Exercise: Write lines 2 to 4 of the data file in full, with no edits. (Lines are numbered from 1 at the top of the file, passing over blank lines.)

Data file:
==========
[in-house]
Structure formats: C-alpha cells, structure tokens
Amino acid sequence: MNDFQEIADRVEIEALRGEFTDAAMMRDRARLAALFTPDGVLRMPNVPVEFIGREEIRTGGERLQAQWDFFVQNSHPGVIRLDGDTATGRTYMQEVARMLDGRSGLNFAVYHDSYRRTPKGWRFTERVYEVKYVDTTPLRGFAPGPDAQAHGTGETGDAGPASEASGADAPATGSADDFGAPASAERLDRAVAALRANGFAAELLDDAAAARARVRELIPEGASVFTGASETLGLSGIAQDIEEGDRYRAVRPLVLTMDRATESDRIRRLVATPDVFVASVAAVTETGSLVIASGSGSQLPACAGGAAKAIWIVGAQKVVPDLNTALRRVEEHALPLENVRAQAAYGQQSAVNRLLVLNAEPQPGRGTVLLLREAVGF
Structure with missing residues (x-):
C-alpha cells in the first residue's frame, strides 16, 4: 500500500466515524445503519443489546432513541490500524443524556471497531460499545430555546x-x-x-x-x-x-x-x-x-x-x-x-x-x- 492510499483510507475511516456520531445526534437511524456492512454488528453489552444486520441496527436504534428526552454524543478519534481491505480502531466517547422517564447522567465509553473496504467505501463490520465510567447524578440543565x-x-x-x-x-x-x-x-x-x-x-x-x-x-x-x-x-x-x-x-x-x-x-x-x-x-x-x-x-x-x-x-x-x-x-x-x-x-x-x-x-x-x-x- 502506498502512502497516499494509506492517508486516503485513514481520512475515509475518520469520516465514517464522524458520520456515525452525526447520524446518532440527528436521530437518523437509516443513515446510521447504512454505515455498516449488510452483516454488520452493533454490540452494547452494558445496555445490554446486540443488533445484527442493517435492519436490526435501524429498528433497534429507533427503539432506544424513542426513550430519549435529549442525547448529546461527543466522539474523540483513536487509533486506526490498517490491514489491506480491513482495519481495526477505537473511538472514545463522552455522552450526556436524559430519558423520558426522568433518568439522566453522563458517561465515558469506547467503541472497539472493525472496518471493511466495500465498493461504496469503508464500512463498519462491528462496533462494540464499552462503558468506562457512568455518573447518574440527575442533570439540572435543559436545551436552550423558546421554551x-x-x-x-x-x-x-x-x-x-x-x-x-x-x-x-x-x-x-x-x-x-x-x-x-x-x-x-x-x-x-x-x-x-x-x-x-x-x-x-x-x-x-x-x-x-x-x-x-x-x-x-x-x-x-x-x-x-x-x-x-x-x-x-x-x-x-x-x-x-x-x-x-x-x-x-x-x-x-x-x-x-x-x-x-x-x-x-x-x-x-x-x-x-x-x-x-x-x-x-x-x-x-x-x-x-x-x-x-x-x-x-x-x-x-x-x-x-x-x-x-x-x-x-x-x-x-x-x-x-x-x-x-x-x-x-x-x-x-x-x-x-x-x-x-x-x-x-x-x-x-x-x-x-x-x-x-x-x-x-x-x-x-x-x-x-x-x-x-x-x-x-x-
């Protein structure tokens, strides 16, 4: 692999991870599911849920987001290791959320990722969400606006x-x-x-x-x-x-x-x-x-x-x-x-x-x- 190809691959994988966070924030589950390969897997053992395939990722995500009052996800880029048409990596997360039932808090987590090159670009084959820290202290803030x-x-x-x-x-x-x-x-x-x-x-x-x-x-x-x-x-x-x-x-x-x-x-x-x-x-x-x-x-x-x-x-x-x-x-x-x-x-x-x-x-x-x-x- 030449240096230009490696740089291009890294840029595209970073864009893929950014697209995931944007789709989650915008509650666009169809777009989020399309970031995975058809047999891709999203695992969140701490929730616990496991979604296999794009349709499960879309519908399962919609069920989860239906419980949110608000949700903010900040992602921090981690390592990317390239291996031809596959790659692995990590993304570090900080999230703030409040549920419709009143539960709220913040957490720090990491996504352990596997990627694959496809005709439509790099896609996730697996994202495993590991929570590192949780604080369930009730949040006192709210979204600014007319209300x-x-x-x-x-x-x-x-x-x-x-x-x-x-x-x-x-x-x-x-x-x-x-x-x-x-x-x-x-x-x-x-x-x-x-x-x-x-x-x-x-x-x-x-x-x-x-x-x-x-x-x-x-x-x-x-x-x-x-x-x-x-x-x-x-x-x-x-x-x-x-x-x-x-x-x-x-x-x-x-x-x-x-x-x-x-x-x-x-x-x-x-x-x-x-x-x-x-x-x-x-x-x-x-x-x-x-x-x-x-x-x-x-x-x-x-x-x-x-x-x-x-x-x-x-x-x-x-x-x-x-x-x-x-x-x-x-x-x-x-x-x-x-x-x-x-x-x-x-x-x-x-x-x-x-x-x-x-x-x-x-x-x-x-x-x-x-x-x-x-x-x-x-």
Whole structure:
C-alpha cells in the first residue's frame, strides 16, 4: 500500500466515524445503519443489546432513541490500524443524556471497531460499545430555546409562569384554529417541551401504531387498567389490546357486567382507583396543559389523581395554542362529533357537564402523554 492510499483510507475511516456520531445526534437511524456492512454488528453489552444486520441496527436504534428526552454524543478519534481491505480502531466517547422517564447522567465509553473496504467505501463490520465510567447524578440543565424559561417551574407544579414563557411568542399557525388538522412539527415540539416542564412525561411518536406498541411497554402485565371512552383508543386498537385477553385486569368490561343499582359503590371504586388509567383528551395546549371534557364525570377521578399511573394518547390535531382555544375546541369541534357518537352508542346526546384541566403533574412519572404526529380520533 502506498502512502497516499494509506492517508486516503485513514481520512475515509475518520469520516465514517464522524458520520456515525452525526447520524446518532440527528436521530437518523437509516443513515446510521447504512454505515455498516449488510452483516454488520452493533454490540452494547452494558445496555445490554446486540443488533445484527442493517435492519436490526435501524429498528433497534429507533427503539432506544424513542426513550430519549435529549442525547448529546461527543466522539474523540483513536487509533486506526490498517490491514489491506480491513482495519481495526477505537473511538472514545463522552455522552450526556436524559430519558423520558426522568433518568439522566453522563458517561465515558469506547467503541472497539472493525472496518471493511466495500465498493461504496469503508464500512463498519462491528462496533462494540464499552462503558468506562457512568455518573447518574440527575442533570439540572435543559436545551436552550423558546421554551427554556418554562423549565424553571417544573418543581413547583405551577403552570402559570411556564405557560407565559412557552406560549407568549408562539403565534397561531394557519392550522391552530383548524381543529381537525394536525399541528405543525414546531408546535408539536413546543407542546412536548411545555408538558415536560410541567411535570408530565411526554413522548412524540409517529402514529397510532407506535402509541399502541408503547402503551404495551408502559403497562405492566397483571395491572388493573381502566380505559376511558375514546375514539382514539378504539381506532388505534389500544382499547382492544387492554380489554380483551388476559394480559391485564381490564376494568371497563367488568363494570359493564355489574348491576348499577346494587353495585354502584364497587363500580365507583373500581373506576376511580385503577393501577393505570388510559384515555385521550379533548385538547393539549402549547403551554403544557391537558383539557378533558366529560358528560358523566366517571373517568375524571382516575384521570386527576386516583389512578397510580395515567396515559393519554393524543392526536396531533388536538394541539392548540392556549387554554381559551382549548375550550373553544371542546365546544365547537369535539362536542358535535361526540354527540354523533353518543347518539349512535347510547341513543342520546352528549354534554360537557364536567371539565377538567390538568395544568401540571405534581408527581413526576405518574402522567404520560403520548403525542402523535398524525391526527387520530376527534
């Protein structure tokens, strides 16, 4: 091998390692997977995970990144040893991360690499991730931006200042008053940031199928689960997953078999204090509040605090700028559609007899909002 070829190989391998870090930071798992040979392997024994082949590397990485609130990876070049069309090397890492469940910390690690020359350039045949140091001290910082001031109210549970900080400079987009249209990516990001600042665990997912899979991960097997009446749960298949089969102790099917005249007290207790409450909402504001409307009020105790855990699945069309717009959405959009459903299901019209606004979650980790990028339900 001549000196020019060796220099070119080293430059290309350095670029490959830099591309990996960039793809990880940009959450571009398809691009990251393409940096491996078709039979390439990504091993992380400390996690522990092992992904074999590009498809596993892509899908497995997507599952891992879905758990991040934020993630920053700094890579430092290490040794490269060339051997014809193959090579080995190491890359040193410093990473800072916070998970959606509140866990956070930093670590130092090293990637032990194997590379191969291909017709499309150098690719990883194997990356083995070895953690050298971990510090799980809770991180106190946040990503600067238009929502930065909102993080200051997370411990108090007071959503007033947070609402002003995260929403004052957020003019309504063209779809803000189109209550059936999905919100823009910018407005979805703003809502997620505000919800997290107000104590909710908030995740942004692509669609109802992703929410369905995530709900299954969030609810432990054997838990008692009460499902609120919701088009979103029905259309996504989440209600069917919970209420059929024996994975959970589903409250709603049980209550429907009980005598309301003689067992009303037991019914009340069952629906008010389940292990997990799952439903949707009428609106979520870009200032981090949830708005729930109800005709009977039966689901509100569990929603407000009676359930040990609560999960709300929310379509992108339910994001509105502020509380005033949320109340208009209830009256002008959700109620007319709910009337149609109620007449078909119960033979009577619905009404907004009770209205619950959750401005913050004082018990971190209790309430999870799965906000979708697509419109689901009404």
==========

Structure formats: C-alpha cells, structure tokens
Amino acid sequence: MNDFQEIADRVEIEALRGEFTDAAMMRDRARLAALFTPDGVLRMPNVPVEFIGREEIRTGGERLQAQWDFFVQNSHPGVIRLDGDTATGRTYMQEVARMLDGRSGLNFAVYHDSYRRTPKGWRFTERVYEVKYVDTTPLRGFAPGPDAQAHGTGETGDAGPASEASGADAPATGSADDFGAPASAERLDRAVAALRANGFAAELLDDAAAARARVRELIPEGASVFTGASETLGLSGIAQDIEEGDRYRAVRPLVLTMDRATESDRIRRLVATPDVFVASVAAVTETGSLVIASGSGSQLPACAGGAAKAIWIVGAQKVVPDLNTALRRVEEHALPLENVRAQAAYGQQSAVNRLLVLNAEPQPGRGTVLLLREAVGF
Structure with missing residues (x-):